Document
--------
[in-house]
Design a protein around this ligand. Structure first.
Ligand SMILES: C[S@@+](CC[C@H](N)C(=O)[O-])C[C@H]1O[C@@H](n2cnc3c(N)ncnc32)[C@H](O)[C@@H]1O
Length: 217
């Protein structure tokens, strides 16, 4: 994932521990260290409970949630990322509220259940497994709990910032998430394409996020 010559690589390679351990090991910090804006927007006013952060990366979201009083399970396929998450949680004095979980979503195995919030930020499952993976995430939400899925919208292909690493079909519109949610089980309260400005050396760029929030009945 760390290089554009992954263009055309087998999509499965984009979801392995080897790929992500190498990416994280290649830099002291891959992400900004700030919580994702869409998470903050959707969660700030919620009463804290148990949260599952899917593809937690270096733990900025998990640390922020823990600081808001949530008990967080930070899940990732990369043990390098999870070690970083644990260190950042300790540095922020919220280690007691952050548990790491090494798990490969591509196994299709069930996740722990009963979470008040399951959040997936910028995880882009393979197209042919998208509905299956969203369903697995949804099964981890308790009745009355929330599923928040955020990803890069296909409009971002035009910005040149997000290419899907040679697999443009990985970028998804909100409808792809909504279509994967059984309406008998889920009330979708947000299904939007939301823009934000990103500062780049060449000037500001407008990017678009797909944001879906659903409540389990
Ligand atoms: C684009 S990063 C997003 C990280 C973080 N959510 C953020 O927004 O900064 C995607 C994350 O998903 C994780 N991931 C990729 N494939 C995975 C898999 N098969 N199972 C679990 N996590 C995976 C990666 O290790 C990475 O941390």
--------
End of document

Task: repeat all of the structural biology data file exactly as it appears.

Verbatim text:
[in-house]
Design a protein around this ligand. Structure first.
Ligand SMILES: C[S@@+](CC[C@H](N)C(=O)[O-])C[C@H]1O[C@@H](n2cnc3c(N)ncnc32)[C@H](O)[C@@H]1O
Length: 217
């Protein structure tokens, strides 16, 4: 994932521990260290409970949630990322509220259940497994709990910032998430394409996020 010559690589390679351990090991910090804006927007006013952060990366979201009083399970396929998450949680004095979980979503195995919030930020499952993976995430939400899925919208292909690493079909519109949610089980309260400005050396760029929030009945 760390290089554009992954263009055309087998999509499965984009979801392995080897790929992500190498990416994280290649830099002291891959992400900004700030919580994702869409998470903050959707969660700030919620009463804290148990949260599952899917593809937690270096733990900025998990640390922020823990600081808001949530008990967080930070899940990732990369043990390098999870070690970083644990260190950042300790540095922020919220280690007691952050548990790491090494798990490969591509196994299709069930996740722990009963979470008040399951959040997936910028995880882009393979197209042919998208509905299956969203369903697995949804099964981890308790009745009355929330599923928040955020990803890069296909409009971002035009910005040149997000290419899907040679697999443009990985970028998804909100409808792809909504279509994967059984309406008998889920009330979708947000299904939007939301823009934000990103500062780049060449000037500001407008990017678009797909944001879906659903409540389990
Ligand atoms: C684009 S990063 C997003 C990280 C973080 N959510 C953020 O927004 O900064 C995607 C994350 O998903 C994780 N991931 C990729 N494939 C995975 C898999 N098969 N199972 C679990 N996590 C995976 C990666 O290790 C990475 O941390």